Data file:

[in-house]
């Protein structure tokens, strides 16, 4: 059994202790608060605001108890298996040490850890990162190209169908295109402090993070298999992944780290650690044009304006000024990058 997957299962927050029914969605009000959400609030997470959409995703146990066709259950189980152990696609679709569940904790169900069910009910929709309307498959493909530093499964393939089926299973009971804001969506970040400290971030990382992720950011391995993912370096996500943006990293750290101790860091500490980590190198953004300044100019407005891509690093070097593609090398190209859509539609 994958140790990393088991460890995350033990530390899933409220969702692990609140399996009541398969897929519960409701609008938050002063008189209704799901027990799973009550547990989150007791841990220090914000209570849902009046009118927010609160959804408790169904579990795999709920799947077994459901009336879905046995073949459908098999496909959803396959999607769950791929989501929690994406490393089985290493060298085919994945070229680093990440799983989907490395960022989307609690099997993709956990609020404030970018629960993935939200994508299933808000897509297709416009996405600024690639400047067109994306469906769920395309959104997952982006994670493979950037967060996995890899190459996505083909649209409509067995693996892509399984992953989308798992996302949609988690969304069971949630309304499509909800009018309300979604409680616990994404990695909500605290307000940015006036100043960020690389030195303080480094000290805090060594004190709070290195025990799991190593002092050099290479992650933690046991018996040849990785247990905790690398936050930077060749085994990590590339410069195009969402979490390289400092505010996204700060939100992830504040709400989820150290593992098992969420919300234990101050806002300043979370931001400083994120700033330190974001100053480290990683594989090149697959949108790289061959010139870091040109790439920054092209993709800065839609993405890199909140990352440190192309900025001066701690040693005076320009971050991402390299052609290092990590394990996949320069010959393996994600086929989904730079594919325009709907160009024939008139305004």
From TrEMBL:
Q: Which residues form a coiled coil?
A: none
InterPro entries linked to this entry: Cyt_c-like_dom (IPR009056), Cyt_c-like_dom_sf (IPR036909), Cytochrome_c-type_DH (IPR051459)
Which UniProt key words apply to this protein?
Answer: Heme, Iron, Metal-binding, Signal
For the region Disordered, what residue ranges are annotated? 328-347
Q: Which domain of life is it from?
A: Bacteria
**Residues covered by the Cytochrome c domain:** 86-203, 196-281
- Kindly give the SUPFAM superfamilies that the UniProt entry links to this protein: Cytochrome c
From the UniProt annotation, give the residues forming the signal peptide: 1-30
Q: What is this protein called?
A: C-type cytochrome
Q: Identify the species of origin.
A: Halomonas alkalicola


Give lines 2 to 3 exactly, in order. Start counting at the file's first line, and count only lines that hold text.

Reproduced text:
């Protein structure tokens, strides 16, 4: 059994202790608060605001108890298996040490850890990162190209169908295109402090993070298999992944780290650690044009304006000024990058 997957299962927050029914969605009000959400609030997470959409995703146990066709259950189980152990696609679709569940904790169900069910009910929709309307498959493909530093499964393939089926299973009971804001969506970040400290971030990382992720950011391995993912370096996500943006990293750290101790860091500490980590190198953004300044100019407005891509690093070097593609090398190209859509539609 994958140790990393088991460890995350033990530390899933409220969702692990609140399996009541398969897929519960409701609008938050002063008189209704799901027990799973009550547990989150007791841990220090914000209570849902009046009118927010609160959804408790169904579990795999709920799947077994459901009336879905046995073949459908098999496909959803396959999607769950791929989501929690994406490393089985290493060298085919994945070229680093990440799983989907490395960022989307609690099997993709956990609020404030970018629960993935939200994508299933808000897509297709416009996405600024690639400047067109994306469906769920395309959104997952982006994670493979950037967060996995890899190459996505083909649209409509067995693996892509399984992953989308798992996302949609988690969304069971949630309304499509909800009018309300979604409680616990994404990695909500605290307000940015006036100043960020690389030195303080480094000290805090060594004190709070290195025990799991190593002092050099290479992650933690046991018996040849990785247990905790690398936050930077060749085994990590590339410069195009969402979490390289400092505010996204700060939100992830504040709400989820150290593992098992969420919300234990101050806002300043979370931001400083994120700033330190974001100053480290990683594989090149697959949108790289061959010139870091040109790439920054092209993709800065839609993405890199909140990352440190192309900025001066701690040693005076320009971050991402390299052609290092990590394990996949320069010959393996994600086929989904730079594919325009709907160009024939008139305004």
From TrEMBL: